My Proficorn Way (Part 21)

Making Notes

Many who have seen me comment on my spiral books filled with my notes and how I seem to be forever writing in them during meetings. Much to the chagrin of my family, I take those books even for social meetings. I had to stop taking them to movie theatres and weddings after my wife Bhavana read me the riot act! My solution was to carry a folded paper in my pocket. My contention: ideas can come anywhere and so I need to write them down. This way, I don’t forget and also keep my mind clear.

There is a method to my madness of writing things down. In meetings, it keeps me focused. As I make notes, I remember better. I don’t drift into my own faraway world. I also find that some of the better ideas come when my own thoughts interplay with what I hear or say in a meeting – and it’s best to capture them as they flow. A little later, and I may have lost the context and the idea.

Over the years, I have seen many entrepreneurs with a similar mindset. They may all use different tools – iPads, a smartphone, a tablet or a notebook. I find it quite astonishing when I see the person I am meeting not making any notes – I truly find it hard to believe that a person can remember big and small points of the meeting. I guess – to each their own.

I find there is a very important side-benefit of focused note-taking in meetings. While the big points will always be remembered, I find that it is the seemingly less significant points that can have a lot of value later when one reviews the meeting. An off-comment, a phrase, a reference – all can have value if used correctly. And these can become hard to remember later especially if one has a series of back-to-back meetings.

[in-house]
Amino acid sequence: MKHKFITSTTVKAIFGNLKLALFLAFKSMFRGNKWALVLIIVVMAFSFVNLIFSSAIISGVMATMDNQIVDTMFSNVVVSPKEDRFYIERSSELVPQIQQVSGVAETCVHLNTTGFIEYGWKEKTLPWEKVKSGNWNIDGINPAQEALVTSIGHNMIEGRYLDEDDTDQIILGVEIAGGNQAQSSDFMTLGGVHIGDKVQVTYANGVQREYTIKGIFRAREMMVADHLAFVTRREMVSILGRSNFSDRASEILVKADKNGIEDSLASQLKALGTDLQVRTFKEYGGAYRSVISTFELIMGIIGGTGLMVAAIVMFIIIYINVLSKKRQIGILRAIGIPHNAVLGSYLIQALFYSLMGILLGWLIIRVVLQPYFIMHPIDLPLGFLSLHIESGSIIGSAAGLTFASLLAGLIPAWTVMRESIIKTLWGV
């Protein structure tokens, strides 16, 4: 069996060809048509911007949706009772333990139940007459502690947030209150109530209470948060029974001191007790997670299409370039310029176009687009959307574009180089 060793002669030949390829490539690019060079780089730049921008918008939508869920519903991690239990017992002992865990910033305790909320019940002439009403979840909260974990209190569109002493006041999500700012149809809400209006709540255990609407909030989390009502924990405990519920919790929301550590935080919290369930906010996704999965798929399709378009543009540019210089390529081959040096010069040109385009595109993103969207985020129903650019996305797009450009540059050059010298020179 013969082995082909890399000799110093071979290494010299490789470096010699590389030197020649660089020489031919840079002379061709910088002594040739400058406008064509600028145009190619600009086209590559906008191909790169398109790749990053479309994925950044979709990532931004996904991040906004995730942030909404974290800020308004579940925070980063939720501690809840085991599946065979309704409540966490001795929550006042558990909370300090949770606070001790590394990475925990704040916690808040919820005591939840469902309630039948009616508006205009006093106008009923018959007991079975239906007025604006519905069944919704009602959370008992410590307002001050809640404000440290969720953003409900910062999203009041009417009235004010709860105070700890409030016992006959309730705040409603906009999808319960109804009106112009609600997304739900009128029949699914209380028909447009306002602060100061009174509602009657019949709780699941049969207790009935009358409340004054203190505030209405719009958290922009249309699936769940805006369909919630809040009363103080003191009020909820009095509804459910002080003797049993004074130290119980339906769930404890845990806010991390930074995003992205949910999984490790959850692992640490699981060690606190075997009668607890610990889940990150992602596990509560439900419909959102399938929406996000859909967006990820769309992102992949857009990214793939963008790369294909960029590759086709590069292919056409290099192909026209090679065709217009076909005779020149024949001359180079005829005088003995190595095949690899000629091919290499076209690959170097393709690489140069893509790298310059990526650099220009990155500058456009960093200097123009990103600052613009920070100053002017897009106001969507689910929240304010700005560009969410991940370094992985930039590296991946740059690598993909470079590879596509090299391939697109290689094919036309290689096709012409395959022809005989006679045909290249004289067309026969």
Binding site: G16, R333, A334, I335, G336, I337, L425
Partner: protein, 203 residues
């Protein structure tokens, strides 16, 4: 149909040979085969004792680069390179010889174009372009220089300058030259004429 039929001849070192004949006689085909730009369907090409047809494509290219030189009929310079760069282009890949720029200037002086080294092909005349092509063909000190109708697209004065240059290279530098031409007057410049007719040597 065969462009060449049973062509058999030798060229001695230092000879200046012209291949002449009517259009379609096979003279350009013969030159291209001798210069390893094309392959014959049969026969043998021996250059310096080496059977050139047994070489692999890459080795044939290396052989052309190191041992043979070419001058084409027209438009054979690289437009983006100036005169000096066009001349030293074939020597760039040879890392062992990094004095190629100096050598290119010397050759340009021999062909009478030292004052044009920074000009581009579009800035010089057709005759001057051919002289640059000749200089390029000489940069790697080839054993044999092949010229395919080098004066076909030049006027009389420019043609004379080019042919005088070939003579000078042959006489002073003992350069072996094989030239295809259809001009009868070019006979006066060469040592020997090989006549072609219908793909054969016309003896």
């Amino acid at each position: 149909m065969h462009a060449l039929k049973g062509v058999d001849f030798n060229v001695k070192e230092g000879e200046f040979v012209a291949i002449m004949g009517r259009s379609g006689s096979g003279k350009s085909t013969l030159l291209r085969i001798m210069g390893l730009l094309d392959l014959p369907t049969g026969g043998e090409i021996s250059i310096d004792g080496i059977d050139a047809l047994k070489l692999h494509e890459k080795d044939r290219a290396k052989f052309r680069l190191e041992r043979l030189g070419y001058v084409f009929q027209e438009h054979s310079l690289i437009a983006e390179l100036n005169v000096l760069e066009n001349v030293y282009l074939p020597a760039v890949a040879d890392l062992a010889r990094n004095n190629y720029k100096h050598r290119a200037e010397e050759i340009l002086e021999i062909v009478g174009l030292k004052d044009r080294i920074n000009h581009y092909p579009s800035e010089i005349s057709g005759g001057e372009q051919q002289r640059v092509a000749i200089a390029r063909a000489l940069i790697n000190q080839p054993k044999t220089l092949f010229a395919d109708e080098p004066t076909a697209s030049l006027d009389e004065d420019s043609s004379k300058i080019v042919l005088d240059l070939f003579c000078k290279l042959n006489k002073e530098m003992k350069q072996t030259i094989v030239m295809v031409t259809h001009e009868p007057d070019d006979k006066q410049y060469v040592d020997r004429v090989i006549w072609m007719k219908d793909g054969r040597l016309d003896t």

My preferred method is a 300-page spiral book – it is easy to fold, and because it has lots of pages, I don’t have to economise on my writing. I have a big stock of these books and seamlessly move to the next when one is over. I don’t often go back to the older spiral books – but they are useful in case a specific meeting needs to be referenced.

Think of making good notes like punctuality – good habits that make for a proficorn entrepreneur.

Tomorrow: My Proficorn Way (Part 22)

Market Movers Conversation on Velvet Rope Marketing

I spoke to Al Lalani, CEO of Annex Cloud, for their Market Movers show.

The chat is “about changing from a push for acquisition to a retention-driven loyalty program. Rajesh offers advice to marketers on what areas should be focused on to aid in a company’s success in these unsure times. He also shares his approach to building a continually profitable machine through his “Next, Best, Rest” system.

An excerpt:

The framework that I like to use is really the best customers, that’s the top 20%. And then we have the other 80%, the long tail of customers, and then the next customer. So best, rest, and next.